The real-time toxicity monitoring system provided the study team with some initial signals requiring intervention in the study under the direction of the NCCTG Data Safety Monitoring Board (DSMB). We noted that the regimens coupling oxaliplatin or irinotecan to the five consecutive day bolus 5-FU regimens had higher 60-day all-cause death rates— 8.5% and 8.2%, respectively—as well as augmented severe but nonlethal toxicity. This early death rate compared with much lower rates in the other regimens, of around 2%, during the early stages of the six-arm study [7, 8]. As a result, those two regimens were quickly dropped from the trial.

IFL TOXICITY IN A THREE-ARM TRIAL

At the same time as these toxicity data came to light, IFL had emerged as the U.S. standard of care based on publication of a study sponsored by Pharmacia comparing it with the Mayo Clinic 5-FU–LV regimen [9]. Consequently, the IFL regimen replaced the Mayo regimen as the control arm of the study and the Mayo Clinic 5-FU–LV regimen was dropped from the trial. The study reopened on April 28, 2000, as a three-arm trial comparing IFL, FOLFOX, and IROX. That segment of the study was intended to accrue a total of 1,125 patients.

As accrual to the three-arm trial was continuing, through continuous monitoring, the study team noted that the then current standard of care regimen, the IFL arm, was associated with a higher severe (grade ≥3) toxicity rate and a 60-day all-cause mortality rate of 4.5%, compared with a 1.8% early death rate for the other two study arms. Because of this finding and its implications for patients receiving standard care outside the realm of clinical trials with IFL, the NCI convened a panel of experts who were uninvolved with the conduct of the trial to review the early findings. This team, led by Mace Rothenberg, discerned that, in the first cycle of therapy, a small percentage of patients developed both neutropenia and gastrointestinal tract toxicity manifested by diarrhea leading to grade 4 or 5 toxicity events [8]. They warned the oncology community of the need for vigilant monitoring, aggressive supportive care, and dose reductions in subsequent cycles of therapy.

These data were subsequently brought to the attention of the CALGB Data Safety Monitoring Committee, which was overseeing a phase III trial of IFL versus the Mayo Clinic 5-FU–LV regimen in the adjuvant setting (C89803) [10]. The IFL regimen in that study was also confirmed to have a higher early death rate than was observed with the 5-FU–LV control regimen.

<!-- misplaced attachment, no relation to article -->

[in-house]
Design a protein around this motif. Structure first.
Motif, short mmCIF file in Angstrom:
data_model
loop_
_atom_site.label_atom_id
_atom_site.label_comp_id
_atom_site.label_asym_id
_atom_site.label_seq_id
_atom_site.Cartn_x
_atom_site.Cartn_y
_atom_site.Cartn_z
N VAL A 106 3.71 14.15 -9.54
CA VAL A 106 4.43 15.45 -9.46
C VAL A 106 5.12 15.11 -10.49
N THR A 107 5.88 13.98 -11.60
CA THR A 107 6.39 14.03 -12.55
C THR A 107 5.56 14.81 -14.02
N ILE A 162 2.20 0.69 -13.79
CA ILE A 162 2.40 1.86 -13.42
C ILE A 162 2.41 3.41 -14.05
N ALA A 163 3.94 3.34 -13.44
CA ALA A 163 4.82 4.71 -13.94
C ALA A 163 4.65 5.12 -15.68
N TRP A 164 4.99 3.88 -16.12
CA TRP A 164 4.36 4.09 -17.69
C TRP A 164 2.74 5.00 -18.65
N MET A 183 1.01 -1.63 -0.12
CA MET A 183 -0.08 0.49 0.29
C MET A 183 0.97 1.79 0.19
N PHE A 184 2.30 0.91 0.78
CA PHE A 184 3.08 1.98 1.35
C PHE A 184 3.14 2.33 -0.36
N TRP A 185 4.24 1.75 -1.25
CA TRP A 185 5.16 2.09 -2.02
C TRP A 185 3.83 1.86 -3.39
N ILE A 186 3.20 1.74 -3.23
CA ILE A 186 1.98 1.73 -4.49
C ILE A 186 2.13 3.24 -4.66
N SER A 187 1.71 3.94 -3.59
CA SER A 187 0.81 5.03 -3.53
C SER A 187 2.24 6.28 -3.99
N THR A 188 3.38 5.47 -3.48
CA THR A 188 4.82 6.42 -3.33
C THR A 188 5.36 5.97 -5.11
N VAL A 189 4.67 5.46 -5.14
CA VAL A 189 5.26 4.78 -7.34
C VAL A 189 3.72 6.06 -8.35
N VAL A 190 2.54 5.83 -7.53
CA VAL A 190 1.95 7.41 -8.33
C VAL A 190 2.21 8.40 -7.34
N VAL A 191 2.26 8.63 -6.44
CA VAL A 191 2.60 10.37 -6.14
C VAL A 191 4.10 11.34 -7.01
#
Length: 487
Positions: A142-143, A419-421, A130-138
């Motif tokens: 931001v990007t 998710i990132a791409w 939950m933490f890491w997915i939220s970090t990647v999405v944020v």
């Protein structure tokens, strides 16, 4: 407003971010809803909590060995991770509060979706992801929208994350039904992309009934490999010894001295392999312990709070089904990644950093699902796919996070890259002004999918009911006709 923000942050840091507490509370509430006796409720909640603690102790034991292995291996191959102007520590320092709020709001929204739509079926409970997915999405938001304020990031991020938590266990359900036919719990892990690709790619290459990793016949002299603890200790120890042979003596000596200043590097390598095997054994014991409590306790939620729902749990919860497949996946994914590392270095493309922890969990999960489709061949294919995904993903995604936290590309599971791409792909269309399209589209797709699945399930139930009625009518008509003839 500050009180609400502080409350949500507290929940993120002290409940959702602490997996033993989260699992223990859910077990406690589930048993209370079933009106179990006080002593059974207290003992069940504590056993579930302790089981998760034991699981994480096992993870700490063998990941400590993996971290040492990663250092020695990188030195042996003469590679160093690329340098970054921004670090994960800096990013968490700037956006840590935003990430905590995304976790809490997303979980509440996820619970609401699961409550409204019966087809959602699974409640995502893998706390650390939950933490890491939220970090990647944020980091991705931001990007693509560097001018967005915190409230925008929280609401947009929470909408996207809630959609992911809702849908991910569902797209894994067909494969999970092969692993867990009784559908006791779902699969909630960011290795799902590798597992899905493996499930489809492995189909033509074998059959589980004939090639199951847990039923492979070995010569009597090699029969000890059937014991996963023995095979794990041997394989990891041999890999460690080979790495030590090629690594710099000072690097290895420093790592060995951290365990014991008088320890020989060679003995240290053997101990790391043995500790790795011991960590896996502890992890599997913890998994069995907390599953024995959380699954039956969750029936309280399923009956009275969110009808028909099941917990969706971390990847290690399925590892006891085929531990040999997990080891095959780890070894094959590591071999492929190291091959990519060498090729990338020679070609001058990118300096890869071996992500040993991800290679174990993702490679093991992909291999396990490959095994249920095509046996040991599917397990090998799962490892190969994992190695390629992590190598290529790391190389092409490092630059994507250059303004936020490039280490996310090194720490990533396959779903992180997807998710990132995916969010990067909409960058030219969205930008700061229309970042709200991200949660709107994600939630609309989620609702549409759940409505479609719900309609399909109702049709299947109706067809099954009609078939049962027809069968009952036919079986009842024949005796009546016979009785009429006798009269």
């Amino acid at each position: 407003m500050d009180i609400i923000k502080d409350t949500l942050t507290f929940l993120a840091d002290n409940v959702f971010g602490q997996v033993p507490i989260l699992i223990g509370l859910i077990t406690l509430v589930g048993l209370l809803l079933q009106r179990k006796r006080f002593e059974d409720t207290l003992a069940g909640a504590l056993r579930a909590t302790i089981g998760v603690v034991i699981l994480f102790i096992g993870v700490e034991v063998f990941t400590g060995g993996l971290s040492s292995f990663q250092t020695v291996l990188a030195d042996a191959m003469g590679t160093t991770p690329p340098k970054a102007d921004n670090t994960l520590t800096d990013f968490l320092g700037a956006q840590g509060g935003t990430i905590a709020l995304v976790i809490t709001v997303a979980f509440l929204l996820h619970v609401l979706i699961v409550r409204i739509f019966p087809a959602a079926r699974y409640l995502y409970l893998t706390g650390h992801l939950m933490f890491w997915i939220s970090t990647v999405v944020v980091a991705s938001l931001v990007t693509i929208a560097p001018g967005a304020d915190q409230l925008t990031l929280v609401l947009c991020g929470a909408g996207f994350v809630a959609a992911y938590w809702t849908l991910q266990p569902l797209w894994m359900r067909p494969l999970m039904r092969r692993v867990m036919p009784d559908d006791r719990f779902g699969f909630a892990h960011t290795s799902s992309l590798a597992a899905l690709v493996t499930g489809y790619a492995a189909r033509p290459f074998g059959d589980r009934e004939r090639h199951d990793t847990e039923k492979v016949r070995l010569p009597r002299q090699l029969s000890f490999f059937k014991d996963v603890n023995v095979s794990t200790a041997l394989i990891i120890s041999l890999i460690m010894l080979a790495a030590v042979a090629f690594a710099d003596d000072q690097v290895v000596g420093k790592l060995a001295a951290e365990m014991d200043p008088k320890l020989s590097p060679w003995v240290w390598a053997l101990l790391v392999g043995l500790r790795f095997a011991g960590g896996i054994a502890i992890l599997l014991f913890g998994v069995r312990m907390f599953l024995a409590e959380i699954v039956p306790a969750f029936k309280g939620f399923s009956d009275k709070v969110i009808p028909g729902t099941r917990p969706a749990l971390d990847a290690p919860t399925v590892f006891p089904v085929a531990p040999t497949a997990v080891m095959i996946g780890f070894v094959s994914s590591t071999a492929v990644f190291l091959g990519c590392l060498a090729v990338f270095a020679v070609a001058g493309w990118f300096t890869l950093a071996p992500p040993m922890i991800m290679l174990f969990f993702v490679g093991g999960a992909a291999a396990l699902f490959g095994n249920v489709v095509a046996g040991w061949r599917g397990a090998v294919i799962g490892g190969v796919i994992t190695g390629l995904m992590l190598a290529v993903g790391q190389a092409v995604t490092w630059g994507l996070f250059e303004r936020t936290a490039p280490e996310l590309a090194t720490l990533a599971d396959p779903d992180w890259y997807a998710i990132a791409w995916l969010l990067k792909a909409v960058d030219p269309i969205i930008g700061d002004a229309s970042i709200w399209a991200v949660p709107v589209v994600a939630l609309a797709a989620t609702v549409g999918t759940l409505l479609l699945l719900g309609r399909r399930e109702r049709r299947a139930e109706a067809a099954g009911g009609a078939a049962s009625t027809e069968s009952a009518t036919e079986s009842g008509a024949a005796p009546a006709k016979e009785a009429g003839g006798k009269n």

At that juncture, the study team decided to explore the possibility that a reduced dose of irinotecan and 5-FU might lead to better outcomes because most of the severe toxicity in the IFL arm seemed to occur early in the first course of treatment. Pharmacogenetic studies from N9741 would later provide some insight into this phenomenon. We observed that the dose modification strategy written in to the original study worked. That is, once the standardized doses specified in the protocol were individualized based upon the patient’s first-course toxicity, those individuals tolerated their subsequent treatment much better. The study was therefore modified by reducing the doses of irinotecan and 5-FU in the IFL arm—the dose of the irinotecan was decreased from 125 mg/m2 to 100 mg/m2 and the bolus 5-FU dose was reduced from 500 mg/m2 to 400 mg/m2 when therapy was initiated, resulting in the reduced-dose IFL (rIFL) regimen [11].

The trial continued at this point as a three-arm trial testing rIFL, FOLFOX, and IROX. After an additional accrual of approximately 100 patients per arm, further accrual to the IROX arm was terminated per protocol design. Subsequently, on April 23, 2002, the NCCTG DSMB met to review a planned interim analysis. At that time, the DSMB released the data to the study team because the progression-free survival (PFS) advantage for FOLFOX surpassed the early stopping rules that were specified at the time of the protocol’s design. The results indicated median PFS times of 6.9 months, 8.7 months, and 6.5 months for the IFL, FOLFOX (p = .0014 versus IFL), and IROX arms, respectively. The results for the comparative response rates were also consistent—IFL, 31%; FOLFOX, 45%; and IROX, 34%. When median overall survival (OS) data were reported later, the results were confirmatory: IFL, 14.8 months; FOLFOX, 19.5 months (p = .0001 versus IFL); and IROX, 17.4 months [12].